Linux

You Can Help Purism Build the Secure Open Source Linux-based Librem 5 Smartphone (betanews.com) 109

BrianFagioli writes: Thankfully, consumers are starting to wake up and become more aware of security and privacy, and some companies, such as Purism, are designing products to safeguard users. The company's laptops, for instance, run an open source Linux-based operating system, called "PureOS" with a focus on privacy. These machines even have hardware "kill switches" so you can physically disconnect a webcam or Wi-Fi card. Today, Purism announces that it is taking those same design philosophies and using them to build a new $599 smartphone called Librem 5. The planned phone will use the GNOME desktop environment and PureOS by default, but users can install different distros too. Sound good? Well you can help the company build it through crowdfunding. "Purism, the social purpose corporation which designs and produces popular privacy conscious hardware and software, has revealed its plans to build the world's first encrypted, open platform smartphone that will empower users to protect their digital identity in an increasingly unsafe mobile world. After 18 months of R&D to test hardware specifications and engage with one of the largest phone fabricators, Purism is opening a self-hosted crowdfunding campaign to gauge demand for the initial fabrication order and add the features most important to users," says Purism.
Debian

OpenSource.com Test-Drives Linux Distros From 1993 To 2003 (opensource.com) 80

An anonymous reader quotes OpenSource.com: A unique trait of open source is that it's never truly EOL (End of Life). The disc images mostly remain online, and their licenses don't expire, so going back and installing an old version of Linux in a virtual machine and getting a precise picture of what progress Linux has made over the years is relatively simple... Whether you're new to Linux, or whether you're such an old hand that most of these screenshots have been more biographical than historical, it's good to be able to look back at how one of the largest open source projects in the world has developed. More importantly, it's exciting to think of where Linux is headed and how we can all be a part of that, starting now, and for years to come.
The article looks at seven distros -- Slackware 1.01 (1993), Debian 0.91 (1994), Jurix/S.u.S.E. (1996), SUSE 5.1 (1998), Red Hat 6.0 (1999), Mandrake 8.0 (2001), and Fedora 1 (2003). Click through for some of the highlights.
GNOME

Canonical Needs Your Help Transitioning Ubuntu Linux From Unity To GNOME (ubuntu.com) 111

BrianFagioli quotes BetaNews: On August 24 and 25, the Ubuntu Desktop team will be holding a "Fit and Finish Sprint," where they will aggressively test GNOME. Canonical is also asking the Ubuntu community to help with this process. In other words, you might be able to assist with making Artful Aardvark even better.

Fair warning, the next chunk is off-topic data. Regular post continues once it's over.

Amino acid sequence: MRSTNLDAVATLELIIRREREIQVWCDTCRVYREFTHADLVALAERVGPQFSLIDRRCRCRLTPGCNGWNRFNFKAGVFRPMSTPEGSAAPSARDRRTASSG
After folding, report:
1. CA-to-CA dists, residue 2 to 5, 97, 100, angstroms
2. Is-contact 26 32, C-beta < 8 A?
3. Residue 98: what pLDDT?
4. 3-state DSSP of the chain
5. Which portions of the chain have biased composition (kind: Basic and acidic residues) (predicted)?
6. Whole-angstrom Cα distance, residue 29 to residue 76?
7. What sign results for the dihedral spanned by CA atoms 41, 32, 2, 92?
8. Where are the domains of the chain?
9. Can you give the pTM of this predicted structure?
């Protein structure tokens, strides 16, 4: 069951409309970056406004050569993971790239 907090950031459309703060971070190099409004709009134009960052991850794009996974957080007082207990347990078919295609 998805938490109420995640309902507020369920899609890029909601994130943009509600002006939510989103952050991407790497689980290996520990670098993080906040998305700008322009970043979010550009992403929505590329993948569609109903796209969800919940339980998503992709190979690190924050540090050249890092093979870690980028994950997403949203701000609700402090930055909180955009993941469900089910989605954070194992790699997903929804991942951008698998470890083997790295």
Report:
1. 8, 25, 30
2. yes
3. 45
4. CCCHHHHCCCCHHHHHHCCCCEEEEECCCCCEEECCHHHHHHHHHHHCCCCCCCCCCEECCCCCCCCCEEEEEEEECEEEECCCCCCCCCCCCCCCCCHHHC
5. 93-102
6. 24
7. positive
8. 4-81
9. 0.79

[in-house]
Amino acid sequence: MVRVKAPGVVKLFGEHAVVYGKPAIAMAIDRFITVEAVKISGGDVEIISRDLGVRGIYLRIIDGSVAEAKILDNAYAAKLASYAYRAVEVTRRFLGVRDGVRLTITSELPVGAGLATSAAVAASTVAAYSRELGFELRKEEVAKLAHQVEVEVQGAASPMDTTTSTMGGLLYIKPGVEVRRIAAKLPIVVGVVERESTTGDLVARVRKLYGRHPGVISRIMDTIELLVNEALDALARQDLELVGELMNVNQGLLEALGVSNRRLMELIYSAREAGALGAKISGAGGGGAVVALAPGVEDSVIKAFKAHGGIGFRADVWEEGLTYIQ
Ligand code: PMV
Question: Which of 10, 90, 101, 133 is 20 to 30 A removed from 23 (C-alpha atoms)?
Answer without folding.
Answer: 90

What makes this particularly cool, however, is that Canonical will be selecting some community members to visit its London office on August 24 between 4 pm and 9 pm. "Over the two days we'll be scrutinizing the new GNOME Shell desktop experience, looking for anything jarring/glitchy or out of place," says Alan Pope, Community Manager. "We'll be working on the GTK, GDM and desktop theme alike, to fix inconsistencies, performance, behavioral or visual issues. We'll also be looking at the default key bindings, panel color schemes and anything else we discover along the way."

A few caveats: Canonical won't pay anyone's travel expenses to London, and "Ideally we're looking for people who are experienced in identifying (and fixing) theme issues, CSS experts and GNOME Shell / GTK themers."
GNOME

GNOME's Text Editor gedit 'No Longer Maintained', Needs New Developers (gnome.org) 239

AmiMoJo brings news about gedit, the default text editor for GNOME: In a post to the gedit mailing list, Sébastien Wilmet states that gedit is no longer maintained and asks "any developer interested to take over the maintenance of gedit?" Just in case you were considering it, he warns "BTW while the gedit core is written in C (with a bit of Objective-C for Mac OS X support), some plugins are written in Vala or Python. If you take over gedit maintenance, you'll need to deal with four programming languages (without counting the build system). The Python code is not compiled, so when doing refactorings in gedit core, good luck to port all the plugins (the Python code is also less "greppable" than C). At least with Vala there is a compiler, even if I would not recommend Vala."